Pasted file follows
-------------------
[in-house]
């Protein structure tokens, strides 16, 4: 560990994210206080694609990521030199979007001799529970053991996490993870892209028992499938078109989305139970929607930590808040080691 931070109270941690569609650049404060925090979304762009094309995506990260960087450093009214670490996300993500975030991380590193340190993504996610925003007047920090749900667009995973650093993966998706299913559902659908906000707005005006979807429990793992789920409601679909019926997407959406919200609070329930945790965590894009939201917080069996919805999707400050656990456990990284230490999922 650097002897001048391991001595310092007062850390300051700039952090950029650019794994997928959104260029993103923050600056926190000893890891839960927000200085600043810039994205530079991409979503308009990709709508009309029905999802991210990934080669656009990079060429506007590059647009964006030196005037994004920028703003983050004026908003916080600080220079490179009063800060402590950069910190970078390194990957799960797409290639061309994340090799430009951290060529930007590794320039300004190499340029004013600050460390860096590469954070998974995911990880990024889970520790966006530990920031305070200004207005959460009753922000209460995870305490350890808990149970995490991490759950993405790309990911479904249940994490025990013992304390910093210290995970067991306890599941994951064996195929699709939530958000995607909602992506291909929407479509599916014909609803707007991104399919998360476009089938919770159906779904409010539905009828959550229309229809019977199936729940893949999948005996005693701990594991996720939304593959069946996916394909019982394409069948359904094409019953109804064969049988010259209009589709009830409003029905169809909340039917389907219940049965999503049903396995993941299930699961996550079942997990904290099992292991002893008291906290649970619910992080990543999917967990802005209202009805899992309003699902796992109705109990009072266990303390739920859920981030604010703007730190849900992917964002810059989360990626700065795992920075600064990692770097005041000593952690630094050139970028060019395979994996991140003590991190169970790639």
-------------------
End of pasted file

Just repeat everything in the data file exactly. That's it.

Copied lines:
[in-house]
């Protein structure tokens, strides 16, 4: 560990994210206080694609990521030199979007001799529970053991996490993870892209028992499938078109989305139970929607930590808040080691 931070109270941690569609650049404060925090979304762009094309995506990260960087450093009214670490996300993500975030991380590193340190993504996610925003007047920090749900667009995973650093993966998706299913559902659908906000707005005006979807429990793992789920409601679909019926997407959406919200609070329930945790965590894009939201917080069996919805999707400050656990456990990284230490999922 650097002897001048391991001595310092007062850390300051700039952090950029650019794994997928959104260029993103923050600056926190000893890891839960927000200085600043810039994205530079991409979503308009990709709508009309029905999802991210990934080669656009990079060429506007590059647009964006030196005037994004920028703003983050004026908003916080600080220079490179009063800060402590950069910190970078390194990957799960797409290639061309994340090799430009951290060529930007590794320039300004190499340029004013600050460390860096590469954070998974995911990880990024889970520790966006530990920031305070200004207005959460009753922000209460995870305490350890808990149970995490991490759950993405790309990911479904249940994490025990013992304390910093210290995970067991306890599941994951064996195929699709939530958000995607909602992506291909929407479509599916014909609803707007991104399919998360476009089938919770159906779904409010539905009828959550229309229809019977199936729940893949999948005996005693701990594991996720939304593959069946996916394909019982394409069948359904094409019953109804064969049988010259209009589709009830409003029905169809909340039917389907219940049965999503049903396995993941299930699961996550079942997990904290099992292991002893008291906290649970619910992080990543999917967990802005209202009805899992309003699902796992109705109990009072266990303390739920859920981030604010703007730190849900992917964002810059989360990626700065795992920075600064990692770097005041000593952690630094050139970028060019395979994996991140003590991190169970790639």